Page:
University leaders fail to assuage angry donors
The leaders of Harvard, M.I.T. and the University of Pennsylvania face increasing pressure after their disastrous testimony before Congress this week regarding antisemitism on college campuses. At issue: their legalistic responses on whether students calling for the genocide of Jews should be disciplined. (Liz Magill of Penn and Claudine Gay of Harvard later apologized for their testimony.)
Magill appeared the most vulnerable of the three as the school’s trustees debated her future — while the influential board of advisers at Wharton, the university’s business school, called on her to resign.
A firestorm over the testimony is growing in Washington and beyond. House Republicans announced an inquiry into the “learning environments” at the three schools, with the possibility of subpoenas. Doug Emhoff, the husband of Vice President Kamala Harris, said that the administrators’ “lack of moral clarity is simply unacceptable.”
Business leaders also expressed outrage. Ross Stevens, a hedge fund manager who has already criticized Penn’s curriculum, said he would withdraw a $100 million gift to the school. The billionaire investor Bill Ackman, who has publicly condemned Harvard students whom he said blamed Israel for the Oct. 7 Hamas attacks, called for the presidents of all three universities to be fired.
And David Wolpe, a prominent rabbi, resigned from Harvard’s antisemitism advisory committee, saying that anti-Jewish ideology was so entrenched that he did not think he could make the kind of difference he had hoped for.
Penn “requires new leadership with immediate effect,” Wharton’s board of advisers wrote in a letter to Magill this week. While the board can only make recommendations, its voice is influential: Its chair, Marc Rowan of Apollo Global Management, has called on alumni to withhold donations to Penn. Moreover, three Wharton board members — David Blitzer of Blackstone, Jamie Dinan of York Capital Management and Alberto Duran of Mundivox Communications — are also Penn trustees.
It isn’t clear what the Penn trustees will do with Magill. During an emergency call Thursday, they didn’t vote on whether to oust her, instead urging her and other school leaders to express the university’s values with greater clarity.
But some on the Penn board suggested that further action was needed: Gov. Josh Shapiro of Pennsylvania, a nonvoting member, urged fellow trustees to decide whether Magill’s testimony reflected the school’s values. “I expect they’ll be meeting again in the coming days, and I expect them to carefully weigh that question,” he told reporters.
The backlash against the Harvard and M.I.T. presidents hasn’t gone quite as far. Wolpe said that Harvard’s Gay was a “kind and thoughtful person” and stopped short of calling on her to resign. And M.I.T.’s executive committee said that Sally Kornbluth, the school’s president, had “our full and unreserved support.”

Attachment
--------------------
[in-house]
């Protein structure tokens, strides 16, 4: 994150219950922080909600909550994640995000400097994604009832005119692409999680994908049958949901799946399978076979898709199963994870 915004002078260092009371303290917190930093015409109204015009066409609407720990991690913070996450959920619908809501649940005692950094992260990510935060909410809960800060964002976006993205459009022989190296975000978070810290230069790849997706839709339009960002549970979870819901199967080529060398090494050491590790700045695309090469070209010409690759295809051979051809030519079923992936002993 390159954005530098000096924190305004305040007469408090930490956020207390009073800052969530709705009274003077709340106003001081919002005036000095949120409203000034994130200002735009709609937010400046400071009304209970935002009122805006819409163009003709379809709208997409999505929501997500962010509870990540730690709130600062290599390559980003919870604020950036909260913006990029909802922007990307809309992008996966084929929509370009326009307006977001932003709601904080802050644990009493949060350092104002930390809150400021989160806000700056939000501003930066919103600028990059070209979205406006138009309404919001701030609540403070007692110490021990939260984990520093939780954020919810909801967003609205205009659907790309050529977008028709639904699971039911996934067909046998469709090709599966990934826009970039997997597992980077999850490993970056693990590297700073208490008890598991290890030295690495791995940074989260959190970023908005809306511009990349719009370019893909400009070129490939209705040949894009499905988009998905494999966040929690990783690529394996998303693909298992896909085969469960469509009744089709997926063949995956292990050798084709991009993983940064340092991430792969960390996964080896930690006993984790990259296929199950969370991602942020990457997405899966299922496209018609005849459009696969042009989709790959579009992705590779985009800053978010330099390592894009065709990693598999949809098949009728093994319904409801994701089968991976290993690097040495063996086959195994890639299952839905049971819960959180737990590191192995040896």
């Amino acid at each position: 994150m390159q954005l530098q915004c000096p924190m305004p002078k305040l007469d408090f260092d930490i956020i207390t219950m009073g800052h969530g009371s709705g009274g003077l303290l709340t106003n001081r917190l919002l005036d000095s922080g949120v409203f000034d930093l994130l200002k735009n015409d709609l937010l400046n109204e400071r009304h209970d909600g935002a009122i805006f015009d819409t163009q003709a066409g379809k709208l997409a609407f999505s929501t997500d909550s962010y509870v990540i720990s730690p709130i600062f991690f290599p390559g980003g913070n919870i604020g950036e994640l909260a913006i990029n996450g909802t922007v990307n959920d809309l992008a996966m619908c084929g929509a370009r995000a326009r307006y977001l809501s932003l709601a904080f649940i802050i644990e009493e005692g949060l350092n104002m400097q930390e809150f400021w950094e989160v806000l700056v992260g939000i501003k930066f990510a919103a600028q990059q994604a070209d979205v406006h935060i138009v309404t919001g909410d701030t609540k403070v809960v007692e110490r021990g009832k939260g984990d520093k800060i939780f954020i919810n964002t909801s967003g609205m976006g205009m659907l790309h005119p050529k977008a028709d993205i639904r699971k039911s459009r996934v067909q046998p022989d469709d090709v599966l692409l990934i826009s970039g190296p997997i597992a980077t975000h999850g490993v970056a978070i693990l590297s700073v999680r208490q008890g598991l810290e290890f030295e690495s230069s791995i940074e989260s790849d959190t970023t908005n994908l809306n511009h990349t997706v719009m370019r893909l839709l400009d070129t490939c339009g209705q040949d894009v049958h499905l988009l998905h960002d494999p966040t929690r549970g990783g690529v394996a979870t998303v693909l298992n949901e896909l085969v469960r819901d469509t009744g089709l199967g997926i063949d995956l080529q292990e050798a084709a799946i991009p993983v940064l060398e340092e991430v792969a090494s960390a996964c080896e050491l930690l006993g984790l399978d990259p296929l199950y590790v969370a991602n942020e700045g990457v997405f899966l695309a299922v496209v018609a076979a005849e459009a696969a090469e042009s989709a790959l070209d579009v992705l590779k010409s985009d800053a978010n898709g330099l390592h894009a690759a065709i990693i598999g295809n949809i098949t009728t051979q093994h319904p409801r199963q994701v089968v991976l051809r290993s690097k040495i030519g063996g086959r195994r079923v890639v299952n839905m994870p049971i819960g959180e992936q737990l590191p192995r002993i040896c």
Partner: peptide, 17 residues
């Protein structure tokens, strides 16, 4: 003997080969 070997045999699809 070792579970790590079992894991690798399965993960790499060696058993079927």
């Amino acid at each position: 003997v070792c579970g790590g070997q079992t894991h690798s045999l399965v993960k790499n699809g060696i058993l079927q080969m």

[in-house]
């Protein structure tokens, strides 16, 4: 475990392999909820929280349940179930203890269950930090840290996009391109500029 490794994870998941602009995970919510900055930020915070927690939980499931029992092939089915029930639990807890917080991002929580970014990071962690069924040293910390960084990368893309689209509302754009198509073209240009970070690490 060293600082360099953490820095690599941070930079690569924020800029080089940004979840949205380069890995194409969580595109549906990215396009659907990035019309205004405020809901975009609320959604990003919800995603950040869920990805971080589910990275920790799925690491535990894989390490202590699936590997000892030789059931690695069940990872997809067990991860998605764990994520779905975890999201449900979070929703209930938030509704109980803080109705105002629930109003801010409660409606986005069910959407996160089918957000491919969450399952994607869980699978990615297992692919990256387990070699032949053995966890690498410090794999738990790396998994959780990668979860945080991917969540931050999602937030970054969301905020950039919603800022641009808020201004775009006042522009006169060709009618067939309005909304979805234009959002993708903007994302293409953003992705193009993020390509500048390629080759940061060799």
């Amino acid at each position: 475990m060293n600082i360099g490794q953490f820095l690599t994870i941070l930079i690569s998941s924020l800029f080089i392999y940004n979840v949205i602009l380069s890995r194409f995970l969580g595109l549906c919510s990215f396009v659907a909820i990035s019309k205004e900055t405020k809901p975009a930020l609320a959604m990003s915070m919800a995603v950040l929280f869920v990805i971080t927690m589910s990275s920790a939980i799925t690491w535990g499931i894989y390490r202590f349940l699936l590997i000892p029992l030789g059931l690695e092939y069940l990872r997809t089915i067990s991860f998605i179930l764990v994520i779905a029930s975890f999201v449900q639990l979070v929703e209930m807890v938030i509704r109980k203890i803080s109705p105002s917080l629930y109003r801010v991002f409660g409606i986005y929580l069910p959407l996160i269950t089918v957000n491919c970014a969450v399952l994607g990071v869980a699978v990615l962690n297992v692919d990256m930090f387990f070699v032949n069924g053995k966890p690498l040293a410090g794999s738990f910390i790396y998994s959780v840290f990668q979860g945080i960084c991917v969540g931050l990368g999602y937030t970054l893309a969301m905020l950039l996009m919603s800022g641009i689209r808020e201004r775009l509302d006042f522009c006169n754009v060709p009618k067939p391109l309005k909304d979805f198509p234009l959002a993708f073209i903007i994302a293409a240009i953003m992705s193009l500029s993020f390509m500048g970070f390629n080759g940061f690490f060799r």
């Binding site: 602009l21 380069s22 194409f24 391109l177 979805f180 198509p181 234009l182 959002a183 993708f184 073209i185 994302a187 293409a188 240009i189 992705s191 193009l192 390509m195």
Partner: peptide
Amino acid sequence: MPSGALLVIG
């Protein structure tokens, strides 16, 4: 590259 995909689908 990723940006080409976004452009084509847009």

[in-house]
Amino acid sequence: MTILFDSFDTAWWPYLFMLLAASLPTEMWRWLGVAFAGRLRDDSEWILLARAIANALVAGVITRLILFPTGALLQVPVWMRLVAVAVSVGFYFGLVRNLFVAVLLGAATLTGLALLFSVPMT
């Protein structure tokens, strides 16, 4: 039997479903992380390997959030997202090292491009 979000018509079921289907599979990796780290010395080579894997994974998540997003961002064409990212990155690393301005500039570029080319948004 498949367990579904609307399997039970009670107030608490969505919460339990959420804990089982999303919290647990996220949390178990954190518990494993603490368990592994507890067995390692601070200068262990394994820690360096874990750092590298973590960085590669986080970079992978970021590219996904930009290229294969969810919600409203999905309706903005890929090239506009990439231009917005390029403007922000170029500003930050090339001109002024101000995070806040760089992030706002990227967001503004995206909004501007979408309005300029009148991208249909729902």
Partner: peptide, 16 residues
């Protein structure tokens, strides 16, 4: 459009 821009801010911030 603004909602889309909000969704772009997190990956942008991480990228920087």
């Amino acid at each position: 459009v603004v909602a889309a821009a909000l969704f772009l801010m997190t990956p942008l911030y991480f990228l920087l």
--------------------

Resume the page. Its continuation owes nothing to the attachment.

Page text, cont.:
In related news: Sam Altman, the C.E.O. of OpenAI, wrote on X that he “was totally wrong” for saying that “antisemitism, particularly on the american left, was not as bad as people claimed.” He added, “i still don’t understand it, really. or know what to do about it.”
HERE’S WHAT’S HAPPENING
Britain’s antitrust watchdog will review Microsoft’s relationship with OpenAI. The Competition and Markets Authority said that it would begin to examine whether actions including Microsoft’s $10 billion investment in the maker of ChatGPT, which gave it a 49 percent stake in the company, represented an “acquisition of control” that amounted to a de facto merger. (Brad Smith, Microsoft’s president, said that his company’s relationship with OpenAI was “very different” from, say, Google’s takeover of the A.I. lab DeepMind.) The review is the most prominent effort yet to scrutinize the partnership between two leading A.I. developers.
Hunter Biden faces new tax evasion charges. A federal grand jury indicted President Biden’s son on Thursday, charging him with scheming to avoid paying federal taxes on millions in income from foreign businesses. This latest set of charges against Hunter Biden carries a maximum sentence of 17 years in prison if convicted.
Binance’s founder is ordered to stay in the U.S. before sentencing. A federal judge ruled that Changpeng Zhao was a flight risk, overturning a magistrate judge’s decision that the crypto magnate could return to Dubai, where his family lives. Zhao pleaded guilty last month to money-laundering charges as part of a wide-ranging settlement involving Binance, the world’s biggest cryptocurrency exchange.